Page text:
The Biden administration has resisted calls at the United Nations Security Council for an immediate discussion of the crisis, arguing that Mr. Amr and other diplomats need at least a few days to work toward a possible solution.

A proposal to convene an urgent meeting on Friday by the 15-member council was effectively blocked by the United States, diplomats said. Criticism of Israeli policies toward the Palestinians is widespread among members of the United Nations, and the United States has often stood alone in defending Israel, its key Middle East ally.

In Washington, Secretary of State Antony J. Blinken, when asked about American objections to a Security Council meeting, told reporters on Thursday that “we are open to and supportive of a discussion, an open discussion, at the United Nations,” but wanted to wait until early next week.

“This, I hope, will give some time for the diplomacy to have some effect and to see if indeed we get a real de-escalation,” Mr. Blinken said.

Rockets launched toward Israel from the Gaza Strip on Friday.
Credit…Anas Baba/Agence France-Presse — Getty Images

Palestinian militants have fired some 1,800 rockets from Gaza at Israel this week, far more than in previous clashes, according to Israeli officials, who on Thursday expressed surprise at the size of the barrage and the range of some of the rockets.

Israel’s “Iron Dome” antimissile system has shot down many of the rockets, and many others have struck places where they could do little damage. But some of the rockets, which are unguided, have hit populated areas, blowing up buildings and cars and killing seven people in Israel.

The increasingly sophisticated arsenal of rockets is the primary weapon of Hamas, the militant group that controls Gaza. Other groups there, like Islamic Jihad, also have them. Israeli intelligence estimates there are 30,000 rockets and mortar projectiles stockpiled in Gaza.

Hamas was believed before this week to have rockets with ranges approaching 100 miles, and many more with shorter ranges. Israel’s largest cities, Jerusalem and Tel-Aviv, as well as its primary airport, Ben Gurion airport, are within 40 miles of Gaza. The airport has been closed to incoming passenger flights because of the danger, with flights diverted to Ramon airport to the southeast.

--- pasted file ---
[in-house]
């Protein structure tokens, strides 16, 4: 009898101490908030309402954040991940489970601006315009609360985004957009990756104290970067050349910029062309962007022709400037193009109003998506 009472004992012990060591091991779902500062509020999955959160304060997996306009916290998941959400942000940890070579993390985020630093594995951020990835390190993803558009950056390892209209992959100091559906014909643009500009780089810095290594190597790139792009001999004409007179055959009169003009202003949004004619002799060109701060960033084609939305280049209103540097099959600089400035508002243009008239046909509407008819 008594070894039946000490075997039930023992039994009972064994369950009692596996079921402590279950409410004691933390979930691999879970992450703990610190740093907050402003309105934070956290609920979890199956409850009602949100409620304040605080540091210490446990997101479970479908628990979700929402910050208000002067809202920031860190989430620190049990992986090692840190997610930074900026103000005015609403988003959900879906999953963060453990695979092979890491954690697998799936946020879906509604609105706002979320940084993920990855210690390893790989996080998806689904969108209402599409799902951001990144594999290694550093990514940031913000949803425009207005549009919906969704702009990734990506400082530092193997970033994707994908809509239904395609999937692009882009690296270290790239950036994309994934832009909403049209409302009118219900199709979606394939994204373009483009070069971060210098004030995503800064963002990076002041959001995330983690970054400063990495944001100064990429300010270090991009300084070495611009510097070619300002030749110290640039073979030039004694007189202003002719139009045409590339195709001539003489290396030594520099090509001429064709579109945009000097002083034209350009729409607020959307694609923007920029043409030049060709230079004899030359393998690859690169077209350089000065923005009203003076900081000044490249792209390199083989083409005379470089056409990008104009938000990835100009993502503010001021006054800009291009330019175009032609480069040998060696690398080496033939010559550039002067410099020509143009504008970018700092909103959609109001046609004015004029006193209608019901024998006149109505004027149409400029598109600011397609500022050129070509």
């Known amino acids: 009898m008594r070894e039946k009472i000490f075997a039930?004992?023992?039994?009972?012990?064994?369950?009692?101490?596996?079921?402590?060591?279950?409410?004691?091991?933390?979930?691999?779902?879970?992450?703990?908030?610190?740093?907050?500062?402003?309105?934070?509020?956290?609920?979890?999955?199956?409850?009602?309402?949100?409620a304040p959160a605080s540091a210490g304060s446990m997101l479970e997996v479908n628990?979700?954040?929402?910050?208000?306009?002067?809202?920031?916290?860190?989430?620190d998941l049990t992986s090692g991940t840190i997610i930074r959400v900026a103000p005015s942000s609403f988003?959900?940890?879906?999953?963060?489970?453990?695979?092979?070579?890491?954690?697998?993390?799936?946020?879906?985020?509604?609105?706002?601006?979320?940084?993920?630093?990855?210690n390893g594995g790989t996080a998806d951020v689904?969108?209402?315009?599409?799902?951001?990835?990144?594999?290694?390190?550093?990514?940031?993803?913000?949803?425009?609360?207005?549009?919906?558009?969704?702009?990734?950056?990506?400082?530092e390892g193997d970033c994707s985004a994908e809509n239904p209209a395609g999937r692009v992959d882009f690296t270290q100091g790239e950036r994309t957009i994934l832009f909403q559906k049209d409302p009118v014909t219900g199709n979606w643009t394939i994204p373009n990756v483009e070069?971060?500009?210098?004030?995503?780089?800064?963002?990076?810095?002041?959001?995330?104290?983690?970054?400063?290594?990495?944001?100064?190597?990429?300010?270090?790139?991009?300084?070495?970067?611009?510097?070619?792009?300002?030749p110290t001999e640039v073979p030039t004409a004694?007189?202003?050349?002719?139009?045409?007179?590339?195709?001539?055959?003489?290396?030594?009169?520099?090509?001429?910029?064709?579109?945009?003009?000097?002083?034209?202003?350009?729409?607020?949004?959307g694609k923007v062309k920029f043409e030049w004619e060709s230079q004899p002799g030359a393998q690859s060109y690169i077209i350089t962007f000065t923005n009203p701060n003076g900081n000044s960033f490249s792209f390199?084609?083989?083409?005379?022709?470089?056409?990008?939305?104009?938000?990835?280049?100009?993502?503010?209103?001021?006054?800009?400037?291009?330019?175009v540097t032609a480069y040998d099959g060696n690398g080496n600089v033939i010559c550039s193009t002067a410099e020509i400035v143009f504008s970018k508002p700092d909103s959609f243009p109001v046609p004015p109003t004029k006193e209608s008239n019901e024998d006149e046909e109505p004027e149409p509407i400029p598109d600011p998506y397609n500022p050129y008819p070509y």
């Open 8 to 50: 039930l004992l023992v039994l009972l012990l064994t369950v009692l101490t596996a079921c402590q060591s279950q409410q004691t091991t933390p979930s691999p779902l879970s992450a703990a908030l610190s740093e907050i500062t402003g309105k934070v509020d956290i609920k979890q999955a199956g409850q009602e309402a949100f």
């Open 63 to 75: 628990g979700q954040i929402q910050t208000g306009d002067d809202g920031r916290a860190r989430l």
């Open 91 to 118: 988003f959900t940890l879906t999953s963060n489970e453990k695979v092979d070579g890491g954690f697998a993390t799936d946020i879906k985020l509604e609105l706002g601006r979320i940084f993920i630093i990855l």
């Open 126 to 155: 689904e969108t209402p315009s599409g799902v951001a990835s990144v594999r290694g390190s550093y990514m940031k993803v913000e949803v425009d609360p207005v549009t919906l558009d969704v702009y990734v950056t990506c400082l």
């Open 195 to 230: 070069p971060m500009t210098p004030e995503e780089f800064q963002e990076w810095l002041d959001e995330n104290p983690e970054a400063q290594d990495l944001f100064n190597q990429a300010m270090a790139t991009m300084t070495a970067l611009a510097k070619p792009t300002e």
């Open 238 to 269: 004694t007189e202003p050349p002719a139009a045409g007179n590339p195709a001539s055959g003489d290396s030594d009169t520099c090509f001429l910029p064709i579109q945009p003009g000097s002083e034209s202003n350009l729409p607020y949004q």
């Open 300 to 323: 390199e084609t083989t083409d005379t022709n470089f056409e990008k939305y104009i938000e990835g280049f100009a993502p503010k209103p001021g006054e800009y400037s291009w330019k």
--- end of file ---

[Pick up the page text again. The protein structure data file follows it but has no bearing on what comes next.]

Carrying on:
But rockets have also been fired at Ramon, more than 110 miles from the nearest part of Gaza. A Hamas spokesman said the rockets aimed at that airport were a new type that could travel 155 miles, putting all of Israel within range of Gaza. The claim could not be verified, and it was not clear how many of the new rockets the group had.

In the past, many of the rockets fired from Gaza were smuggled in from Egypt, or assembled locally from smuggled parts. But in recent years, most have been made in Gaza, with technical assistance from Iran that Hamas has openly acknowledged.

A tunnel in 2018 that Israel said was dug by the Islamic Jihad group at the Israel-Gaza border.
Credit…Uriel Sinai for The New York Times

As the Israel Defense Forces strike Gaza with jets and drones, a key target has been a network of tunnels underneath the Palestinian-controlled territory that the militant Islamic group Hamas is known to use for deploying militants and smuggling weapons.

A spokesman for the Israeli military described the complex network as a “city beneath a city.”

The tunnels were also the main rationale that Israel gave for its ground invasion of Gaza during its 2014 battle with Hamas. Israel’s leaders said afterward that they had destroyed 32 tunnels during the 2014 operation, including 14 that penetrated into Israeli territory.

At the time of that fighting, the Israel Defense Forces took reporters into a 6-foot-by-2-foot tunnel running almost two miles under the border to show the threat posed by the tunnels, and the difficulty that Israel has in finding and destroying them.